The intake of dietary indigestible fraction in the Spanish diet shows the limitations of dietary fibre data for nutritional studies

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Abstract

Objective:

To compare the intakes of dietary fibre (DF) and dietary indigestible fraction (DIF) in the Spanish diet and also to show the limitations of DF values for nutritional and epidemiological studies.

Design:

This includes the following: (i) estimation of plant foods consumption in Spanish diet from national food consumption data obtained from annual surveys (6000 households, 700 hotels and restaurants and 200 institutions); (ii) determination of DIF content in plant foods using analytical methods that mimic physiological conditions; (iii) estimation of daily intakes of DIF and DF in the Spanish diet.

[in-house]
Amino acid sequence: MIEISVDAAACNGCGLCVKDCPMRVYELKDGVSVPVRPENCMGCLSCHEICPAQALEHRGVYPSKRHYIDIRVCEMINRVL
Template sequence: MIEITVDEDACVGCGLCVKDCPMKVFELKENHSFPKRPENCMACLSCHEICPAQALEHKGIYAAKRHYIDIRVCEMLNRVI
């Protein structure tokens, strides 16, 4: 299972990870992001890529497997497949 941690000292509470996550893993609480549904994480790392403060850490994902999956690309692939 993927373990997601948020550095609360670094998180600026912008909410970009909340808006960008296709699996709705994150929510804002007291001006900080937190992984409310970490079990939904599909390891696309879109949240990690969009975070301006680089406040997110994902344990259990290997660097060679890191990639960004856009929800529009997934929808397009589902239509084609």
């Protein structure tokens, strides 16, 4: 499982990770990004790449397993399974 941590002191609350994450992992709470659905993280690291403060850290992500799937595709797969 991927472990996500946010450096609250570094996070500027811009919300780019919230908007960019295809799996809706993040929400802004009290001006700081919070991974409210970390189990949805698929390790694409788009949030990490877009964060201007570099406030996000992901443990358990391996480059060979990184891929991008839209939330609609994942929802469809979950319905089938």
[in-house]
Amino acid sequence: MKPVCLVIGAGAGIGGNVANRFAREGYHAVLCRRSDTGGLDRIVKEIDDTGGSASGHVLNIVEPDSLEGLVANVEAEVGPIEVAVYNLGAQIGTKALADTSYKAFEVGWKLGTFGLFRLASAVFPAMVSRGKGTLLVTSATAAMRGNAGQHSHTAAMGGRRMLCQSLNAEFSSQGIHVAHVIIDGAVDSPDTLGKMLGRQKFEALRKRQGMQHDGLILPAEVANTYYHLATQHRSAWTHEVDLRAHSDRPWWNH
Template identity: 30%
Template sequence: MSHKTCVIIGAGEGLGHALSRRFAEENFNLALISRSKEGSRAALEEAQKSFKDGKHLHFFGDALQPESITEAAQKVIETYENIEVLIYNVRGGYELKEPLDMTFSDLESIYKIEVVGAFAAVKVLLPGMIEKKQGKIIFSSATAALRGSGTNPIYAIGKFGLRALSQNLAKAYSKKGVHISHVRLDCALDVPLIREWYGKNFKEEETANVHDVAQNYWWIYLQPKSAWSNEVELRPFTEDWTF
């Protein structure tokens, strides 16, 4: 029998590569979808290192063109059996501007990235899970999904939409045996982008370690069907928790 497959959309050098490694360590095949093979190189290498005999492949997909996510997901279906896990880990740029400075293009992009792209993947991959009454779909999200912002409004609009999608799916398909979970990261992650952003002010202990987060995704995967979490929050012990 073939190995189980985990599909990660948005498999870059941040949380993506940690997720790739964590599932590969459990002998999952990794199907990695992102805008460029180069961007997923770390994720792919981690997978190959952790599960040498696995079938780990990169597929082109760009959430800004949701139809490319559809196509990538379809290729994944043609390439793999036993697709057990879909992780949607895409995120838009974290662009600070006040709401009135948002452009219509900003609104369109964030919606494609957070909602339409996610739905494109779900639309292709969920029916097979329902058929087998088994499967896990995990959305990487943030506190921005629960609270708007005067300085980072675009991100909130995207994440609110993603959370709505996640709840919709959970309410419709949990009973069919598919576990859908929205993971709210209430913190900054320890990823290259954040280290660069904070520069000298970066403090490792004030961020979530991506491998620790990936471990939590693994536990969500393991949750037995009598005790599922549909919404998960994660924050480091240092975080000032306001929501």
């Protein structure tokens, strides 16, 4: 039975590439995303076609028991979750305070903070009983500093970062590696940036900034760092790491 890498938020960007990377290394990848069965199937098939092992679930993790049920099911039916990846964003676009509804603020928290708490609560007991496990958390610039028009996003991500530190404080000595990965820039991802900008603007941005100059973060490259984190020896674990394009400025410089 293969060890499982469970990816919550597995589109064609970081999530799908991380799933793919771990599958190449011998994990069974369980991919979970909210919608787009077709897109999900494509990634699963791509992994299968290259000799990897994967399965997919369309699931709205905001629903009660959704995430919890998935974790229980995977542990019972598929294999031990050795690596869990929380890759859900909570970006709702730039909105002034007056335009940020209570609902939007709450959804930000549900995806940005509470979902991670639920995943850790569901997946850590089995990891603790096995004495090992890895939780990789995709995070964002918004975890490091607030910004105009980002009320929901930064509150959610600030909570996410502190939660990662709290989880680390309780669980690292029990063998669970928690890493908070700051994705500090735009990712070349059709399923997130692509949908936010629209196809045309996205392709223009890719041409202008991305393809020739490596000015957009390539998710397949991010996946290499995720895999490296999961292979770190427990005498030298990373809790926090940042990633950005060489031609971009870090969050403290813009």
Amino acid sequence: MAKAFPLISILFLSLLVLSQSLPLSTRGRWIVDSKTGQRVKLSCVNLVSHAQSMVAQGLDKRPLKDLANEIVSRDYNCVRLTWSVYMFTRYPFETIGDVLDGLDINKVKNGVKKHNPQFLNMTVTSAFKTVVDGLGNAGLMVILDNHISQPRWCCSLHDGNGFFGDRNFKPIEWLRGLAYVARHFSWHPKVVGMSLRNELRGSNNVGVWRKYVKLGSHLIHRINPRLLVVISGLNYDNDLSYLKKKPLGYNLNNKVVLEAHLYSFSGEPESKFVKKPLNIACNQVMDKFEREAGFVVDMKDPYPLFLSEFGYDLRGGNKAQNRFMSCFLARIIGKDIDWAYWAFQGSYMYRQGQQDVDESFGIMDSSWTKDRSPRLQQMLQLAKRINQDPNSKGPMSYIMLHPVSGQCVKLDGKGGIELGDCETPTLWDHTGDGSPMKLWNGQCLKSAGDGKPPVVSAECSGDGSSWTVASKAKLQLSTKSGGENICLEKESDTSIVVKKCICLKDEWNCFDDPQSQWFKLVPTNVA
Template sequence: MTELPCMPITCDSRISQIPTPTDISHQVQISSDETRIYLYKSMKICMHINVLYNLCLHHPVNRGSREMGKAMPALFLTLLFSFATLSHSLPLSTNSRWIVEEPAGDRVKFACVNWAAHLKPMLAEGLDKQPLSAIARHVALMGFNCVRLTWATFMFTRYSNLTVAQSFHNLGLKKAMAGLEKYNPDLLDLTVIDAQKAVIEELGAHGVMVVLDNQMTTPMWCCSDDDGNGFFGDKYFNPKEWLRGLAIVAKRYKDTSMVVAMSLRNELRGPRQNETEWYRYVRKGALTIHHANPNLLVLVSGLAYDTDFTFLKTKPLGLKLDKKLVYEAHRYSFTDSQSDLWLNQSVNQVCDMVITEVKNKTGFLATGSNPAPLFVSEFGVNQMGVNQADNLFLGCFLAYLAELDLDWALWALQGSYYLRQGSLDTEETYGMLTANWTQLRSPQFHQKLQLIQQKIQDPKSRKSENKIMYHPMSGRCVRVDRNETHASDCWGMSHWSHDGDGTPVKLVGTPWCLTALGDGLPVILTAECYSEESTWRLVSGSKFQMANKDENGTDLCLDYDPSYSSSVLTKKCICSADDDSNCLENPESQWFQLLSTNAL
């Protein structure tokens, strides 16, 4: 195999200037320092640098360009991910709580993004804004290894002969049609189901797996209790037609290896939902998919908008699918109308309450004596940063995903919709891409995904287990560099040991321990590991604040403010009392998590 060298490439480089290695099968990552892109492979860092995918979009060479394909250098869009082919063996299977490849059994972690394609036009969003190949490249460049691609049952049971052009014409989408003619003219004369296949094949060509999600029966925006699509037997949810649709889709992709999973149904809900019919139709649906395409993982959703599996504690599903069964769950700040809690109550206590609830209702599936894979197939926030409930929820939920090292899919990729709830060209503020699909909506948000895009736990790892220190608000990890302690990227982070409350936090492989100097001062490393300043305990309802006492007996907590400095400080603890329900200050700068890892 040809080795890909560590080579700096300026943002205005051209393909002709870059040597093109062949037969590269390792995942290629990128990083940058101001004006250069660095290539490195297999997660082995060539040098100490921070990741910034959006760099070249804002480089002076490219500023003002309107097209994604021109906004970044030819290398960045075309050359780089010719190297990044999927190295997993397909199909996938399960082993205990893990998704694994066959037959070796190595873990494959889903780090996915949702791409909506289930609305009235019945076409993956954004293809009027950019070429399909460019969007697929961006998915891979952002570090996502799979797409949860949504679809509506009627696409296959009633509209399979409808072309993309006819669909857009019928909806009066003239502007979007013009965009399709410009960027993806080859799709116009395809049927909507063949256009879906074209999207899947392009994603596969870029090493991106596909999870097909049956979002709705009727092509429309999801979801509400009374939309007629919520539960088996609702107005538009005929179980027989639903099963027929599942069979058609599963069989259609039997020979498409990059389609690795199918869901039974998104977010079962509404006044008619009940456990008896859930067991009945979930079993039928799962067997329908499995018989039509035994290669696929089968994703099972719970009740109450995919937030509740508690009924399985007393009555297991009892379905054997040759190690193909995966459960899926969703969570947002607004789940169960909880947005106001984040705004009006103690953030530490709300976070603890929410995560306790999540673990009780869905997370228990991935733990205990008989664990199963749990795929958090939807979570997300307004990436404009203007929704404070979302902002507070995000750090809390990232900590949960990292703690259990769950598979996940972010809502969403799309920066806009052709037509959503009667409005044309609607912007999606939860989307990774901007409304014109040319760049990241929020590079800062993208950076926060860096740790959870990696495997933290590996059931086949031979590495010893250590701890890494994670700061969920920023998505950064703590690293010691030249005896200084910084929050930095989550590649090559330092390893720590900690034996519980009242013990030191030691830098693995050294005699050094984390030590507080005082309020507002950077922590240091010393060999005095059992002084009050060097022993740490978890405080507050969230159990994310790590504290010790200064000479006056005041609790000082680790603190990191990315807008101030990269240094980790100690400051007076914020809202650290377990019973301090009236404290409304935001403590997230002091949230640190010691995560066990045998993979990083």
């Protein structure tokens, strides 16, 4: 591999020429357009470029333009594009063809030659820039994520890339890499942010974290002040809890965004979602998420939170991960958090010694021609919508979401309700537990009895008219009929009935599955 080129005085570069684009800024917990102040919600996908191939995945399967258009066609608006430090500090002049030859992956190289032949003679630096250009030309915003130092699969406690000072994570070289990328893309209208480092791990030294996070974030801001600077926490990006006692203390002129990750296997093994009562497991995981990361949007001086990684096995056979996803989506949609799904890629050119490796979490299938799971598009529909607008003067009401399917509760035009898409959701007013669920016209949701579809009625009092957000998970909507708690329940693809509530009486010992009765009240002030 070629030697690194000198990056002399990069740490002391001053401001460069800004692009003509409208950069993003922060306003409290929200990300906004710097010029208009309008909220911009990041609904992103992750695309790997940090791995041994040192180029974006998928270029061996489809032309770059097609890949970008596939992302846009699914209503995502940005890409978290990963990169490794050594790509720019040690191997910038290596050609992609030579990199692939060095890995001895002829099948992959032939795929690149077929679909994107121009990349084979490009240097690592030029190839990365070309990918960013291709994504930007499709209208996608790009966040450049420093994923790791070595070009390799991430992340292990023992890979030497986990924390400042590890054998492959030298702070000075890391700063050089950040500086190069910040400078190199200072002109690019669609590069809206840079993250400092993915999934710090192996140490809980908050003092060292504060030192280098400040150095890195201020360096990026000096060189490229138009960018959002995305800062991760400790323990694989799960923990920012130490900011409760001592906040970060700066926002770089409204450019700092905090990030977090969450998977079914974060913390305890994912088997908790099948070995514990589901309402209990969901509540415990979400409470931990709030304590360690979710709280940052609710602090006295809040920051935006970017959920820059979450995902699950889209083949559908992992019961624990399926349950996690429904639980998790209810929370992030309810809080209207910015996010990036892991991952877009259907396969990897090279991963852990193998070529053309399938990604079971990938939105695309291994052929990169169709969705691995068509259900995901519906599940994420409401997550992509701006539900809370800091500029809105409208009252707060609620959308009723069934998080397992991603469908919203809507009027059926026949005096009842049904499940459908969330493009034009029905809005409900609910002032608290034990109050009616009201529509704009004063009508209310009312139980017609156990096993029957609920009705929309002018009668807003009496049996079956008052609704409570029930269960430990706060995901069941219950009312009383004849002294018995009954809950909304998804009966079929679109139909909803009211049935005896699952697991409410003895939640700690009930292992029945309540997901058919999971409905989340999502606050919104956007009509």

Results:

DIF intake in the Spanish population was estimated at 41.5 g/person/day. DF intake (18.3 g/person/day) was considerably lower than the amount of carbohydrate necessary to maintain the daily bacterial cell turnover in large intestine ('carbohydrate gap'). The differences between DIF and DF values are a consequence of conceptual and methodological aspects. DIF, as the part of foods reaching the colon, comprises not only DF but also other indigestible compounds such as a fraction of resistant starch, protein, polyphenols and other associated compounds. Analytical conditions are closer to actual physiological conditions in the determination of DIF than in DF analysis.

Conclusions:

DF intake underestimates a major part of the dietary substrates that enter the colon. DIF intake more closely matches the amount of substrates needed to maintain a typical human colonic microflora. DIF may be a good alternative to DF for nutritional and epidemiological studies.

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